Many have pointed out the connection between rule and the image of God found in Genesis 1:27-28. Ruling appears to be a result of being made in the image of God. Mankind is made in the image of God; therefore, he rules over creation. This does not mean that mankind will rule, but rather, that mankind has the intrinsic right to rule. The image of God, then, must be the intrinsic right to rule. The intrinsic right to rule is the God-given authority to rule. For example, the first-born son of a monarch in England has an intrinsic right to the throne—although unrealized until the day of coronation. At what point does the first-born son of a monarch have the right to rule? Did this intrinsic right occur at birth? Did it occur at the first heartbeat? No. At every moment of life, the first-born son of the monarch has an intrinsic right to the throne. Similarly, mankind has an intrinsic right to rule at every moment of life.
No other created being bears the image of God. When the Church argues against abortion based on a heartbeat or the ability to feel pain, she has denigrated the image of God in mankind. Does not a cow or a chicken have a heartbeat? Is it not legitimate to take the life of a cow in order to provide nourishment for mankind? Taking the life of a human is wrong merely because it mars the image of God—it takes away the intrinsic right to rule.
Since the image of God in mankind is evident at every stage of life, no individual (except a government [Romans 13] or in self-defense) has the right to take a life. Abortion is wrong because taking a human life is wrong. Abortion is not wrong because it stops a heartbeat. Abortion is wrong because it takes away the intrinsic right to rule that is stamped on every human being at the moment of life by God Himself. The Church must not fail to articulate from the Bible why abortion is wrong.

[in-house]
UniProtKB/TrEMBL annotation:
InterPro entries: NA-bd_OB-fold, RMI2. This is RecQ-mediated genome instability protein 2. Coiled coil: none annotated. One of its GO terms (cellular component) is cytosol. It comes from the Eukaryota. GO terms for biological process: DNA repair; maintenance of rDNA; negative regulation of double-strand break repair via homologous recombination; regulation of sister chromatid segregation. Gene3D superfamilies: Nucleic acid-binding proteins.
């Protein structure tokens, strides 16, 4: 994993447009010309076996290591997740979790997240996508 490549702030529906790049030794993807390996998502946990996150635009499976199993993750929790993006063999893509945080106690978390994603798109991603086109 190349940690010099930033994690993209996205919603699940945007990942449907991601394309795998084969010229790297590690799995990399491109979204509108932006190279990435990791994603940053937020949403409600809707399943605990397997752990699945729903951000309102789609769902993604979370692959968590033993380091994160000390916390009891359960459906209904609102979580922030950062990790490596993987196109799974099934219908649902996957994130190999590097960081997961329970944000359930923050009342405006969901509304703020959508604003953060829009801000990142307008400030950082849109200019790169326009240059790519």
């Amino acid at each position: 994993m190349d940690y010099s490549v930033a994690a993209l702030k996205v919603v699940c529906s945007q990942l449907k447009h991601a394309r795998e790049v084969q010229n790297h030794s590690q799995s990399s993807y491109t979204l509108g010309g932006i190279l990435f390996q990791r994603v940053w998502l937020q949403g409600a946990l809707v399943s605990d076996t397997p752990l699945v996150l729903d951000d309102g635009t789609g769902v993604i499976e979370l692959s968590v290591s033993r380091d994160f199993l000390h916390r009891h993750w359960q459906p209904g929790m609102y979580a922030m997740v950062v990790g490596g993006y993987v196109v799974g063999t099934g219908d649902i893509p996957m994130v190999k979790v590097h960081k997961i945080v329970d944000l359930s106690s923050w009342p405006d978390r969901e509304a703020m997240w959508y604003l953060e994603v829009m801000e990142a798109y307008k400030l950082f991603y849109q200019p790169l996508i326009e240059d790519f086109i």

If Jesus never rose from the dead, men are still unsaved sinners, not because the resurrection would have saved them, but because without the resurrection the death of Jesus is shown to have been without saving efficacy.
That is why ‘we preach Christ crucified’ is the heart of the gospel. We also preach Christ born and living on earth (since He could not have been our Savior if He had not been made flesh and lived a sinless life). We also preach Christ risen and exalted (since by His resurrection He was publicly vindicated and by His exaltation He became our present mediator). But the emphasis in the New Testament Kerygma (preaching) is on the Savior’s atoning death for the sins of the world. Well may we echo Paul’s affirmation: ‘I decided to know nothing among you except Jesus Christ and Him crucified’ (1 Cor. 2:2).
The first part of our simplified kerygma, then, is the proclamation of Jesus as Savior and Lord. The second part is the appeal to men and women to come to Him in repentance and faith.
~Excerpts from a Preacher’s Portrait (pg. 41)
By John Stott (1921-2011)